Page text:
Reconstruction reveals how MH17 passengers had time to put their oxygen masks on as jetliner plunged to the ground after being hit by Russian missile
- Experts reconstructing flight MH17 say one passenger was found with a mask on
- The front end of the aircraft was rebuilt from around 8,000 fragments
- Flight MH17 was shot down over eastern Ukraine by BUK missile on July 17, 2014
A reconstruction has shown that the passengers of Malaysia Airlines flight MH17 had enough time to put on their oxygen masks before the aircraft hit the ground.
Flight MH17 was shot down over eastern Ukraine on July 17, 2014 by a BUK missile while on its way to Kuala Lumpar from Amsterdam.
298 people, including 80 children, were killed when the Boeing 777 was shot down.
A reconstruction has shown that some passengers of Malaysia Airlines flight MH17, which was shot down over eastern Ukraine in 2014, had time to put their oxygen masks on
Now, investigators, who have rebuilt the front end of flight MH17 from nearly 8,000 fragments, believe that some passengers had enough time to put on their oxygen masks between the missile exploding and the aircraft hitting the ground.
60 Minutes reports that the reconstruction, housed in a Dutch hangar, shows that around 800 pieces of shrapnel the size of bullets were sent hurtling towards Captain Eugene Choo when the warhead detonated ten feet away.
The Dutch Safety Board says 102 holes were made in the pilot’s window as the shrapnel tore through the cockpit and through the other side, ripping the cockpit away from the rest of the plane.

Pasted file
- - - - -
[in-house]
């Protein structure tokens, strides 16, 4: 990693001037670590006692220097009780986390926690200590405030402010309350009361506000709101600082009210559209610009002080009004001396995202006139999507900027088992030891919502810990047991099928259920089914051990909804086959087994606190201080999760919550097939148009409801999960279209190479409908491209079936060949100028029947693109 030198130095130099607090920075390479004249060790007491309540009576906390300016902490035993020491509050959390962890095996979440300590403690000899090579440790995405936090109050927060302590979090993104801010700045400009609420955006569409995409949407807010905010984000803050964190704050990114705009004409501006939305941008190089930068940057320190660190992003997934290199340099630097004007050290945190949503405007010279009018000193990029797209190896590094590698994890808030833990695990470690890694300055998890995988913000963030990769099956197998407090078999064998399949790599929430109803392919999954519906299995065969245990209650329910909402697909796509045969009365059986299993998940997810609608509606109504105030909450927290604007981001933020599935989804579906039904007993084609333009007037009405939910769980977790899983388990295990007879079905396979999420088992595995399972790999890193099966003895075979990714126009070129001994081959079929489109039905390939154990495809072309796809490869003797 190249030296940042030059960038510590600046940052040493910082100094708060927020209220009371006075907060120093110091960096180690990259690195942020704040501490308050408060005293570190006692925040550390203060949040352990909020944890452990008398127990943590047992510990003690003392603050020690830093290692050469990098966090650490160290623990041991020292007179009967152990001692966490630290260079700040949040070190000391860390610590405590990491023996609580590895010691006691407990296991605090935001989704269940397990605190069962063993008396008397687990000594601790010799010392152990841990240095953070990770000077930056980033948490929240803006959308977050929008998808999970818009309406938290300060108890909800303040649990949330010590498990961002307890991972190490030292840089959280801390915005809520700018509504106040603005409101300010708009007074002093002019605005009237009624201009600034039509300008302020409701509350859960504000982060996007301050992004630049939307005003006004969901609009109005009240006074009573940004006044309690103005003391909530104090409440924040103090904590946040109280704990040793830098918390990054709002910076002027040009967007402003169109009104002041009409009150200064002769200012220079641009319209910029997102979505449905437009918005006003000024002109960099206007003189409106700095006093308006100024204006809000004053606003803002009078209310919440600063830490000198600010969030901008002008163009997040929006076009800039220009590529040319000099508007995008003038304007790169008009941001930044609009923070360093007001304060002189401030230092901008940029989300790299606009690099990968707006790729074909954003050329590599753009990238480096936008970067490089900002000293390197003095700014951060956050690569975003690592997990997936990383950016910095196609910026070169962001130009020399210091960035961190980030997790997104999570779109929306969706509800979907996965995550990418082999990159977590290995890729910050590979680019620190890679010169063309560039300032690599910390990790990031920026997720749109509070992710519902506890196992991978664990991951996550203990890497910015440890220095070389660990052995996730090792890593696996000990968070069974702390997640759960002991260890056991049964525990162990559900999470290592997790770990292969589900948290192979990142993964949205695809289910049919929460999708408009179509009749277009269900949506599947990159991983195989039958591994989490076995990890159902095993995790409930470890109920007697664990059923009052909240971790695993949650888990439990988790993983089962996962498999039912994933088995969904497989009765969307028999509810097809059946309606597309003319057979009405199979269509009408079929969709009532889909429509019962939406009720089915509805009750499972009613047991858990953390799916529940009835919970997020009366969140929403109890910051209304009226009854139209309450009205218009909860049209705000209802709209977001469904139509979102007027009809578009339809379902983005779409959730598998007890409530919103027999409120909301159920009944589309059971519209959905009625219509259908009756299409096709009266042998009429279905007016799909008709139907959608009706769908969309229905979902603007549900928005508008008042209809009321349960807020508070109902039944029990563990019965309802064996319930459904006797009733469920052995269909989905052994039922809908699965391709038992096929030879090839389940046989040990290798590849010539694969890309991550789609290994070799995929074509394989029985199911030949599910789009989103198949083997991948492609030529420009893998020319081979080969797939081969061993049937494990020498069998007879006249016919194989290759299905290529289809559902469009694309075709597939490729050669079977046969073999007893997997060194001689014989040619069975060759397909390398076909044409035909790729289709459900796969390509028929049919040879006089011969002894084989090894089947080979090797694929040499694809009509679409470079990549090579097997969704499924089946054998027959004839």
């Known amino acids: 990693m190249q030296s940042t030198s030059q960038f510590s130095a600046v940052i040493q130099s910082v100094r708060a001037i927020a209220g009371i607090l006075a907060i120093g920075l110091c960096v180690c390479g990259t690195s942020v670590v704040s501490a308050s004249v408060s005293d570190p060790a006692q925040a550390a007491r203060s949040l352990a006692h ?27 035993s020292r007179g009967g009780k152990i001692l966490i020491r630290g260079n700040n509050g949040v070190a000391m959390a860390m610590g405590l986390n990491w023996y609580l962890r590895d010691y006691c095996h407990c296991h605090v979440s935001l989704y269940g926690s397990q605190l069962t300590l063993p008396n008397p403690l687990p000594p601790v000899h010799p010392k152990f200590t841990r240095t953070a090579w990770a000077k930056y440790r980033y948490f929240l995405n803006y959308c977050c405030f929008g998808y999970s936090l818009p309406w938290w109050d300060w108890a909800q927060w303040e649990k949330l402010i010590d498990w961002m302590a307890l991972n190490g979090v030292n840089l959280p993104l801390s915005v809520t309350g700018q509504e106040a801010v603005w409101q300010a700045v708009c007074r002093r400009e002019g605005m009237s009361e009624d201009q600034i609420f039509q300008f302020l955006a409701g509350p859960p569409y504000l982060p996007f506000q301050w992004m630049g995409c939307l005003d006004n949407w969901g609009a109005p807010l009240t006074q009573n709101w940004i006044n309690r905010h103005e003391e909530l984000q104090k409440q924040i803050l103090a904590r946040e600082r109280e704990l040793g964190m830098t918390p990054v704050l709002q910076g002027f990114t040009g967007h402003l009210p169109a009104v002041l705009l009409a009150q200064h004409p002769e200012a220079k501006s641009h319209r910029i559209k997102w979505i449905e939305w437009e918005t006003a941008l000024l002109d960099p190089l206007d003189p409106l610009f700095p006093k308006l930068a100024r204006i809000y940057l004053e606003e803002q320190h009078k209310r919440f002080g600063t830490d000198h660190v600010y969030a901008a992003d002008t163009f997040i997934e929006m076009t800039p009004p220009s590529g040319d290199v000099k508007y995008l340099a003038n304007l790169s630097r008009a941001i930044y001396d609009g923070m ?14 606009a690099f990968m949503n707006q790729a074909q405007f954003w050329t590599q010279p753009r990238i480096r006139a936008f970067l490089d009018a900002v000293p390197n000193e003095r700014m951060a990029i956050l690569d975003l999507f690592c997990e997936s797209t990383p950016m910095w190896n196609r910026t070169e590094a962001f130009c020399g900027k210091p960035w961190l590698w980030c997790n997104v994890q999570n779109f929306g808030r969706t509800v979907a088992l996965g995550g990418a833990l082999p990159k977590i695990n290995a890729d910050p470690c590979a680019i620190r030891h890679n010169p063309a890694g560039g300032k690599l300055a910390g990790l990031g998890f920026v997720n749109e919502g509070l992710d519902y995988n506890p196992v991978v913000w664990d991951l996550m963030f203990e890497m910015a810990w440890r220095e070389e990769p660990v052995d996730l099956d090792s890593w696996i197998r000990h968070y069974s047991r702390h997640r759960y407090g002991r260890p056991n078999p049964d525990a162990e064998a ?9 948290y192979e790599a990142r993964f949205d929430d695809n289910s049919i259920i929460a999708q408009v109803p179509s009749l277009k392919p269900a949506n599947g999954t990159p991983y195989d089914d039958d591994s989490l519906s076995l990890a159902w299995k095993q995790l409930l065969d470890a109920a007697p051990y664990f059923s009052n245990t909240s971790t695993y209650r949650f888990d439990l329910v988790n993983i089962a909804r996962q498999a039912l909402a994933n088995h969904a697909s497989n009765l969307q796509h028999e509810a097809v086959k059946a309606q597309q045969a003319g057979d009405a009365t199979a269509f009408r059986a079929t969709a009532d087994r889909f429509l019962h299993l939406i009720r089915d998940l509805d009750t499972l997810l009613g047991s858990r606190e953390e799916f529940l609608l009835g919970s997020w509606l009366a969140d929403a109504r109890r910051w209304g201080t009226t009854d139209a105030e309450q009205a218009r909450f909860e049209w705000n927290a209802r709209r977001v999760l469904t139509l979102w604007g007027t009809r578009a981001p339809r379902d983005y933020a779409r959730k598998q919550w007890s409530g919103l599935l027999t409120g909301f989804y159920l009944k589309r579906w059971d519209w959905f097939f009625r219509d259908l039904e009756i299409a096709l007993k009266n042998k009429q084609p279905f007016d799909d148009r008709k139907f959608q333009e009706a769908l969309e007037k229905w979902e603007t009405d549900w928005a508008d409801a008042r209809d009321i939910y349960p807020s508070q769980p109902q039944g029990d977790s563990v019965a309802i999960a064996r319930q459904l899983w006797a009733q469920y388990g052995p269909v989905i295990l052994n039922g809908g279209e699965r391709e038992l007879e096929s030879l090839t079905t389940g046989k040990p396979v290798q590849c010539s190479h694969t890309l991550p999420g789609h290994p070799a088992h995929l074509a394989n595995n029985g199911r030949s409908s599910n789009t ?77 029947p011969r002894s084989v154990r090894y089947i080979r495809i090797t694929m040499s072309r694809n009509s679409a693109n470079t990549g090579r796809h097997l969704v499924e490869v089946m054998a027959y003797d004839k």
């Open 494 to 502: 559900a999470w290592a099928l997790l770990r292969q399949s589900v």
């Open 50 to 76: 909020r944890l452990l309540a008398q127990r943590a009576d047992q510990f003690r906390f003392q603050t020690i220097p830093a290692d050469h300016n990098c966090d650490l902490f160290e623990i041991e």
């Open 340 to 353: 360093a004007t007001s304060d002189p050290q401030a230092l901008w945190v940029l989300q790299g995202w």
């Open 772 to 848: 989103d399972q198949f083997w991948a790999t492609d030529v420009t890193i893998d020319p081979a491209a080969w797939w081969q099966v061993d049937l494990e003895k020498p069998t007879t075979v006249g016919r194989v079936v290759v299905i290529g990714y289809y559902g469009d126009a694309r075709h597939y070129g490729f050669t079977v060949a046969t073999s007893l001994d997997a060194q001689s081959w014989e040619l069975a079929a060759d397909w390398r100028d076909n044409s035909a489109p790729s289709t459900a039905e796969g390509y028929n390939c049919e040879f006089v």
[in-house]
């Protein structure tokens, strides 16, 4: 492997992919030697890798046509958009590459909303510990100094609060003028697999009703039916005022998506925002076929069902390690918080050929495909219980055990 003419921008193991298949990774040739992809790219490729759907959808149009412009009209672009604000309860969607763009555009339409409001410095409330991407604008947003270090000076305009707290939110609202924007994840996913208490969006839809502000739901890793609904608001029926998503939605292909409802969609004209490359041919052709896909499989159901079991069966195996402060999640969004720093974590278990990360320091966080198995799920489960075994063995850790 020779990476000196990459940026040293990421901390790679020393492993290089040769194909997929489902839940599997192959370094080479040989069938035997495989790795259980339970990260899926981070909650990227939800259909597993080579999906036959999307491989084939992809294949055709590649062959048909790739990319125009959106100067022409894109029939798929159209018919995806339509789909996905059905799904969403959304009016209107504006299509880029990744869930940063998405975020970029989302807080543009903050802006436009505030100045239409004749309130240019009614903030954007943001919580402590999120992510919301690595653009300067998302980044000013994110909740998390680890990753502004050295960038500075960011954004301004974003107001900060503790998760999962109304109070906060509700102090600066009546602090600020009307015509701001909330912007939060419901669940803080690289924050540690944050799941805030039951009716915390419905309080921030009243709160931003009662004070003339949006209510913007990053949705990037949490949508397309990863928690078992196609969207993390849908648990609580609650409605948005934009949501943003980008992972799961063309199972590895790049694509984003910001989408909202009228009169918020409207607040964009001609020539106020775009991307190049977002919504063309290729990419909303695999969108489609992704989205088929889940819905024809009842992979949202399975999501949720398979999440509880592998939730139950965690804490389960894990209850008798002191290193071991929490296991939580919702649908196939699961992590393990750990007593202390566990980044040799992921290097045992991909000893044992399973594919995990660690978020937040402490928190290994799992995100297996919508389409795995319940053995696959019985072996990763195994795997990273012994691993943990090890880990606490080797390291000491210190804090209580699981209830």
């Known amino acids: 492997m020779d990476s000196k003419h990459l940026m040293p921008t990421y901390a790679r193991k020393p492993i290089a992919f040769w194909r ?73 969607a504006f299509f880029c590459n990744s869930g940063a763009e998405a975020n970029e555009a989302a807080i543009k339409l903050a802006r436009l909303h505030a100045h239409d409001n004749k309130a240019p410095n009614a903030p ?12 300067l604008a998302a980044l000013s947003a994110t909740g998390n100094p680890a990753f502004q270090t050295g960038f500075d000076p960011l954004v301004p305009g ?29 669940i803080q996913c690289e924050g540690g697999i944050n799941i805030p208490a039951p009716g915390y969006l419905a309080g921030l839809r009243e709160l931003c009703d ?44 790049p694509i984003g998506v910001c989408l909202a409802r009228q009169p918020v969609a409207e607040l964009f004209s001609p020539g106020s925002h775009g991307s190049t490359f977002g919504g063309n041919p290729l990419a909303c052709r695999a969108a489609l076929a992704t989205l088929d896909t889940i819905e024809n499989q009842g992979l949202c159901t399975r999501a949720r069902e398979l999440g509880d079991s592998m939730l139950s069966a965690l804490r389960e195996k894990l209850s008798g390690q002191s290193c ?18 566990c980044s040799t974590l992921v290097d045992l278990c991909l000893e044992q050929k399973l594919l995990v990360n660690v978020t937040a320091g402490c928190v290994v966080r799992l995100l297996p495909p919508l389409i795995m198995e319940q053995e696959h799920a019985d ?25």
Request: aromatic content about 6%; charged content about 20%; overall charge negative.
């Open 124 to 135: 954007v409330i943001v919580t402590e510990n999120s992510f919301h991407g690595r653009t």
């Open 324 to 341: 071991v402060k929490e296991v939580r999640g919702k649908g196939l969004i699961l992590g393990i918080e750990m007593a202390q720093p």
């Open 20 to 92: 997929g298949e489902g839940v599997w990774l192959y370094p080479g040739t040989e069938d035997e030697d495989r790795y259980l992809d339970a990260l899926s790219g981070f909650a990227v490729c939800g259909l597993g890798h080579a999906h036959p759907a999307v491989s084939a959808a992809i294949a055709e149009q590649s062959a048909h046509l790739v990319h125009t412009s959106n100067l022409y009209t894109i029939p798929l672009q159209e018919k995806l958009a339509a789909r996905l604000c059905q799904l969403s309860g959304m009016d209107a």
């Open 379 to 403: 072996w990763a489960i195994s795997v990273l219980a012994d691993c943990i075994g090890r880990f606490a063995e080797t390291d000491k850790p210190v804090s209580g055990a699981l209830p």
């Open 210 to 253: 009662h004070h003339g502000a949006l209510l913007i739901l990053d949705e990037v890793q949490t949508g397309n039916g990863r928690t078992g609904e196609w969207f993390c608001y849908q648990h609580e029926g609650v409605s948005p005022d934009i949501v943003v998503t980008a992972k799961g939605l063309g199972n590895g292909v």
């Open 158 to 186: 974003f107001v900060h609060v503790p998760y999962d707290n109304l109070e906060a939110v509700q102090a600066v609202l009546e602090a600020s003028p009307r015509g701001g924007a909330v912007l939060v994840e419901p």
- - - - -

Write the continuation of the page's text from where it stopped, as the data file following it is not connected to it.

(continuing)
Meanwhile passengers were exposed to explosive decompression and a 500-mile-an-hour wind at 40 degrees below zero, and one passenger was found wearing their oxygen mask.
298 people, including 80 children, were killed when the Boeing 777 was shot down
The chief prosecutor investigating the tragedy Fred Westerbeke said: ‘We were able to identify, from the 298 casualties, 296. So, for two people we didn’t find any remains.’
MH17 left Schiphol Airport at 12:31pm local time before flying east over Germany and Poland. It altered its course to fly over Ukraine to avoid possible thunderstorms.
It had only been three hours into a 12-hour flight when it was shot down over Ukraine which was in the middle of a war that left more than 13,000 people dead.
In the two days before flight MH17 was shot down, two Ukrainian military planes were also shot down in the area
Investigators have reconstructed the front end of flight MH17 from nearly 8,000 fragments
The last words heard from the crew came at 33,000 feet when crew responded to a Ukrainian flight controller’s direction towards its next waypoint, repeating the coordinates ‘ROMEO NOVEMBER DELTA, Malaysian one seven’.
The Ukrainian tower repeated its call four times over the next two minutes, but MH17 had already disappeared from radar.
Ukraine had closed its airspace to civilian travel below 32,000ft and the Dutch Safety Board confirmed that 160 airliners had crossed above this threshold that day.
350 investigators from five countries have been involved over the last six years of work to identify what happened to MH17.
Last week the Dutch government said it would be taking Russia to the European Court of Human Rights over its alleged role in the shooting down of flight MH17.